It’s likely established banks and financial services providers will turn to agile fintech firms and other digital ecosystem partners to help them navigate this space. Done successfully, businesses can bring customers a range of easy-access services, including wealth advice, consumer finance, health insurance, housing and more.
In this way, the industry will be able to own more of the consumer experience and drive exceptional growth in areas outside of core transactional services. Meanwhile, with 2020 bringing some customers online for the very first time, companies will want to make sure their ecosystems are educational, supportive and intuitive.
3. The evolution of branches
High-street branches may be on the decline, but they’re unlikely to disappear entirely any-time soon.
Many SMEs and big corporates still like to conduct their business face to face in banks, while retail banking customers who require additional support for complex enquiries may feel more comfortable getting the help they need at a local branch.
But for day-to-day transactions and other simple tasks, we are likely to see digitization bring branches well and truly into the 21st century.
However, just think about what’s naturally going to be lost in the “branchless” banking society. The chances of speaking face-to-face with an expert, who can give a unique, human experience, will begin to dwindle.
Many branches may be fully converted into self-service centers, with automated technologies and AI-driven solutions allowing customers to do most of the work themselves. To help banks offer a more personable customer experience, banks may also introduce digital human kiosks that can provide face-to-face support even when there are no on-site human staff.
This is happening in other sectors, including in the retail and telecommunications industry, where major brands like Singtel in Singapore are using conversational AI to add more human touch to unmanned stores.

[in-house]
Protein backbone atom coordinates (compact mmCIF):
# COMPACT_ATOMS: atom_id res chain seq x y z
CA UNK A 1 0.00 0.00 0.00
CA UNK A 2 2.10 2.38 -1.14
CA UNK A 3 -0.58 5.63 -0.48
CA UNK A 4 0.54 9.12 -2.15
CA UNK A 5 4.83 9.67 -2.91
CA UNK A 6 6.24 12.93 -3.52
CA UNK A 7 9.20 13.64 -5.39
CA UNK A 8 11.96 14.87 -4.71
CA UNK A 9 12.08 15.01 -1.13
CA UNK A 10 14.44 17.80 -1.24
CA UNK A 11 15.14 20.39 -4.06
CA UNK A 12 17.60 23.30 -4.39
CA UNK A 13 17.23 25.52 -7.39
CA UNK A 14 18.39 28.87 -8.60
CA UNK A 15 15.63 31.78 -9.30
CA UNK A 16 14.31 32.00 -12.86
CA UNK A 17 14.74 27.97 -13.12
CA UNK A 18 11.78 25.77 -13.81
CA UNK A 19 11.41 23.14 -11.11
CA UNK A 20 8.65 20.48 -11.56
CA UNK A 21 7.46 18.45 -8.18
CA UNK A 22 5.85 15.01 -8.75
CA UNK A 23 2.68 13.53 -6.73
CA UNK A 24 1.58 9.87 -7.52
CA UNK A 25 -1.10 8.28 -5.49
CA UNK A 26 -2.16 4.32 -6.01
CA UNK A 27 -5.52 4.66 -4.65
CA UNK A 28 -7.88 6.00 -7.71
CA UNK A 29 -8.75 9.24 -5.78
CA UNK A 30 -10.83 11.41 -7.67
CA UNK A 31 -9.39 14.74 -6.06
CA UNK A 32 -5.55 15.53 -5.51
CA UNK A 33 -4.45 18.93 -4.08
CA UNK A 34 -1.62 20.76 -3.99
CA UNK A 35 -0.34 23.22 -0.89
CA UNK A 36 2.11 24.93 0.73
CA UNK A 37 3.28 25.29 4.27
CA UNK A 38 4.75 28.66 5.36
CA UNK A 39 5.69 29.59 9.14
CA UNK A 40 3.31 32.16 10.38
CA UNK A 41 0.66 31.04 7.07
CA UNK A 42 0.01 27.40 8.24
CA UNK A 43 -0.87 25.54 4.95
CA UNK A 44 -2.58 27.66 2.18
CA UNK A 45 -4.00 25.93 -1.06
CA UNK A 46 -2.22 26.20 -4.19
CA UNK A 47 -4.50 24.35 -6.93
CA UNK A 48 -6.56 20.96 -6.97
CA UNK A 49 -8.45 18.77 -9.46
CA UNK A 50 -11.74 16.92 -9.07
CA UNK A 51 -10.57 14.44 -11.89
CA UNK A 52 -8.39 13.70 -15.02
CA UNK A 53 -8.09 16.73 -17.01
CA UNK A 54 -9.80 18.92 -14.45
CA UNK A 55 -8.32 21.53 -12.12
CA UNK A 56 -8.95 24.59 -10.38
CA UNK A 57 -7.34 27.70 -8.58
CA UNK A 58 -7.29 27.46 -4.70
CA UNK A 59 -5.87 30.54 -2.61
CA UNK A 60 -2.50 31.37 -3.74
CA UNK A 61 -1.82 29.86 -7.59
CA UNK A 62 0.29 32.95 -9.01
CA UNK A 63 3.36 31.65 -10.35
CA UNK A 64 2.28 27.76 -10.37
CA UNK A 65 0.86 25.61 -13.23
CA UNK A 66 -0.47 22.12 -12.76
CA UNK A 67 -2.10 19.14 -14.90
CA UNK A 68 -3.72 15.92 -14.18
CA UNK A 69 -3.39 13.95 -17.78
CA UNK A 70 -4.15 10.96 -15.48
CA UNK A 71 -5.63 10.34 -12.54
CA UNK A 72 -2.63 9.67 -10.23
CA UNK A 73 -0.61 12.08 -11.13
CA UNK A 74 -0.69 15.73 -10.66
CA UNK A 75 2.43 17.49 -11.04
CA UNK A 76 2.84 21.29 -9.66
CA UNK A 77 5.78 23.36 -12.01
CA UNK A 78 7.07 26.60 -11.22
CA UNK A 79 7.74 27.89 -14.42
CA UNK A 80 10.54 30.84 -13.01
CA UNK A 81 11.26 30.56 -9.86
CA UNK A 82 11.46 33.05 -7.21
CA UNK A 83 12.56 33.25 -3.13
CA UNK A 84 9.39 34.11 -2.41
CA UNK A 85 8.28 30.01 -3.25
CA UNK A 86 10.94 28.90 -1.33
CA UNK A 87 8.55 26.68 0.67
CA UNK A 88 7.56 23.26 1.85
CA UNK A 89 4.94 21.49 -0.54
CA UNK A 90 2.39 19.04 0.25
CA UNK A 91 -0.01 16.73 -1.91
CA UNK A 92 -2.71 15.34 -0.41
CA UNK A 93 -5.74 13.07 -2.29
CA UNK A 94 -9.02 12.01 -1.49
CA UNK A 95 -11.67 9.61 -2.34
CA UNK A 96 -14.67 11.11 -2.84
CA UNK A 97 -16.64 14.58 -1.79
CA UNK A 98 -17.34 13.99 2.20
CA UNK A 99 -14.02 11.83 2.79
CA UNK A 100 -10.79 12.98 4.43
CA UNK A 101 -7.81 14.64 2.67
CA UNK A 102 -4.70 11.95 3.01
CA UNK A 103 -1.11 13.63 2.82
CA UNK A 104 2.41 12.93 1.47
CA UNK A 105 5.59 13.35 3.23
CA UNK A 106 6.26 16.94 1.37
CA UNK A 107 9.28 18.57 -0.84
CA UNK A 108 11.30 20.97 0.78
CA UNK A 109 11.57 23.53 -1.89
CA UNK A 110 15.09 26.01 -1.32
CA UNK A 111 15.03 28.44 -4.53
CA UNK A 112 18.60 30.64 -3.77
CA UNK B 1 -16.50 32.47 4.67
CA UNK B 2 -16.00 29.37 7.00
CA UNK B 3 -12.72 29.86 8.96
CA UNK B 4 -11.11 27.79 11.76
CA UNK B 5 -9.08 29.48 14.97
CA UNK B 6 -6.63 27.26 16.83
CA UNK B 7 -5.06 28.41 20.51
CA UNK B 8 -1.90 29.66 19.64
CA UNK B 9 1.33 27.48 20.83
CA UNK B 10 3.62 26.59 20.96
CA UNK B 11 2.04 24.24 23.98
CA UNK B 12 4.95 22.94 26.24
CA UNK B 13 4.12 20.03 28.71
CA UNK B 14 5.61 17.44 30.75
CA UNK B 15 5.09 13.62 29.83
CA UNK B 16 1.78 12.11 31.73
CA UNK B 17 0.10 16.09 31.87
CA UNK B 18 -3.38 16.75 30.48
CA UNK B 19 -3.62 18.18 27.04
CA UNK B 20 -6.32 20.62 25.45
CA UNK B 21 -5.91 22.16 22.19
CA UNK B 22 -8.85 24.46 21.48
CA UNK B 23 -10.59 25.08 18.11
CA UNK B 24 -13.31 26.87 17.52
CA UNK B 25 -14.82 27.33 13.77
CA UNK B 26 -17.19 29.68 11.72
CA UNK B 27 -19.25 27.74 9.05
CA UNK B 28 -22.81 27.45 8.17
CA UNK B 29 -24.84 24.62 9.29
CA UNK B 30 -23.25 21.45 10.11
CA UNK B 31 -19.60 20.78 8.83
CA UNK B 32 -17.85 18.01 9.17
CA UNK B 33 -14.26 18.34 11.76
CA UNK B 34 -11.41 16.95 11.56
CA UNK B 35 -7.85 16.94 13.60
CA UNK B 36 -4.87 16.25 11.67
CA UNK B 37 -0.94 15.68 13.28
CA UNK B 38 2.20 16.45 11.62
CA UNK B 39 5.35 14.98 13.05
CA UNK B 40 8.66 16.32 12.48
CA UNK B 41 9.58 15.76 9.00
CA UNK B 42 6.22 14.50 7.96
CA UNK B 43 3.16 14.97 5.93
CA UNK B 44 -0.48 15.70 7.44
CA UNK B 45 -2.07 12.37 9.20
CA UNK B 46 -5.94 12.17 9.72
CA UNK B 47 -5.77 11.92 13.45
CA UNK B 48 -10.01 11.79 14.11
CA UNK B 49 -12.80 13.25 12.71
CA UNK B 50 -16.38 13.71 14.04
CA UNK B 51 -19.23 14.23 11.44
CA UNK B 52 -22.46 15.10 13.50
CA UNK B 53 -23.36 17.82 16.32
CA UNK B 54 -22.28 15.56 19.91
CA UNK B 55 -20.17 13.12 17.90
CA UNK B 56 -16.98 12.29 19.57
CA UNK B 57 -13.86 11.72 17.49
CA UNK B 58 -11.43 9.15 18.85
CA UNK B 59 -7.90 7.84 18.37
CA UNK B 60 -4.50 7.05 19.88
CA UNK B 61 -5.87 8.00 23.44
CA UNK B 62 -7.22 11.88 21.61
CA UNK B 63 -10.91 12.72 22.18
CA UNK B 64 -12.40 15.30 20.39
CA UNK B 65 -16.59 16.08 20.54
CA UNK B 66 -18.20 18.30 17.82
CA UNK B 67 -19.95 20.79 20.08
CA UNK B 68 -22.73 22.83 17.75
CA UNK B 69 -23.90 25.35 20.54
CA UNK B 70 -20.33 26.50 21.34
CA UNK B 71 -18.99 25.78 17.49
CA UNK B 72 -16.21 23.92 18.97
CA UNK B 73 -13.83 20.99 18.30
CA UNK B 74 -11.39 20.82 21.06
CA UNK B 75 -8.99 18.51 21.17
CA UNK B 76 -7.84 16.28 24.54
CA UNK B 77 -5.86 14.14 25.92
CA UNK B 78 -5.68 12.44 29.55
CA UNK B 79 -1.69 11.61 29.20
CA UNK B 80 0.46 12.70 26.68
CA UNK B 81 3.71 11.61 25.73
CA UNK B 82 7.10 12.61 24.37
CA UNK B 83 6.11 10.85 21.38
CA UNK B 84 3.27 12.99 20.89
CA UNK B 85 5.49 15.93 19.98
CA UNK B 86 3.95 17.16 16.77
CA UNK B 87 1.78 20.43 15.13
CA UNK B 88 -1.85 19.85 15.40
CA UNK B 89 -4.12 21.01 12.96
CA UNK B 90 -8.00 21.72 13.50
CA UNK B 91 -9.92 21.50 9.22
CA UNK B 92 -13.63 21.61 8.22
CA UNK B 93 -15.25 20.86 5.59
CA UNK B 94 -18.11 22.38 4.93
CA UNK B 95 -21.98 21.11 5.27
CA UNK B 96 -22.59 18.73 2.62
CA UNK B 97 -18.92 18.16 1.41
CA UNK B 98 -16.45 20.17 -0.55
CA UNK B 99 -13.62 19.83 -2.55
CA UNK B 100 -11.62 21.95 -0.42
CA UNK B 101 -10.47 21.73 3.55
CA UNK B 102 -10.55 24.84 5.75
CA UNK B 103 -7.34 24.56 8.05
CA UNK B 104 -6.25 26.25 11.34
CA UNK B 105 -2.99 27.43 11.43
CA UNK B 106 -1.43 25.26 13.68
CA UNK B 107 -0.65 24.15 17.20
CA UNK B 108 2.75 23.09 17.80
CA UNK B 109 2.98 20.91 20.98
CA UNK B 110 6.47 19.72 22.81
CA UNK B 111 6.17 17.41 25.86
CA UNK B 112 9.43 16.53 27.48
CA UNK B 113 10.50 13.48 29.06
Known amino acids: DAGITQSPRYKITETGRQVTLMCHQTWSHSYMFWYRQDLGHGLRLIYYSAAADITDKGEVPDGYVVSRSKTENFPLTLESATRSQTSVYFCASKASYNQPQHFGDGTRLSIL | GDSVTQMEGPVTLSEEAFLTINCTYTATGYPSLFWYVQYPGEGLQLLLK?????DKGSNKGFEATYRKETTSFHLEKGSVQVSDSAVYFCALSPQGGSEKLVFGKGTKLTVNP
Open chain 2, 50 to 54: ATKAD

4. Social responsibility in the digital era
Many banks and other financial institutions are beginning to embrace their environmental, social and governance (ESG) commitments. This trend shows no signs of abating in 2021. Recent Deloitte figures show three-quarters of banks are looking to increase their investment in climate-related initiatives, for instance.
But now companies within the industry will also be expected to respond with empathy towards the many customers whose financial situations are hit hard by the pandemic.
A number of providers will no doubt be asking themselves how they can provide a warm and friendly service in these situations, while conveying their social credentials, given the ongoing digitization of the customer experience.
And let’s not forget all business’ responsibilities to their staff. Last year proved to be a stressful one for employees, and one that may have stirred up ongoing security concerns in 2021.
New AI initiatives must enhance and augment what staff members can do on their own, by taking more menial tasks off their plates. Technology must make employees’ lives easier, not cause more concern. This is an important goal of the digital workforce trend, which you can read more about in our free eBook.
Of course, all this is done because it’s the right thing to do. But it’s good to know that consumers are attracted to corporate responsibility, too, and will support initiatives that aim to make a social impact.
For instance, 33% of consumers say they choose to buy from brands that are doing social or environmental good. The younger generations in particular are voting with their wallets, with 90% saying they’ve switched brands when they see a company with corporate social responsibility in line with their values.
Equipping AI in an age of acceleration
Like so many industries worldwide, banking and financial services faced unprecedented challenges in 2020.
However, for a lot of institutions, the pandemic merely accelerated the actions they were already taking to remain relevant to modern consumers. By fast-tracking their plans for digitization, AI innovation and better customer experiences, banks and other providers can ensure their business is digitally ready for 2021 and beyond.
Our personal wish is that digital banking begins to learn from its own history, and include more of what banking and financial services was built on – human connection. While that may not be possible with real people in a digitized (even socially distanced) era digital humans are providing it in spades.
Digital humans are making a difference today. Just look at Rachel, who helps originate loan applications for customers of Arcus Lending.
Want to know more? Our free digital human buyer's guide is a great place to start. Or just get in touch, and we’d love to help you get ahead of the trend.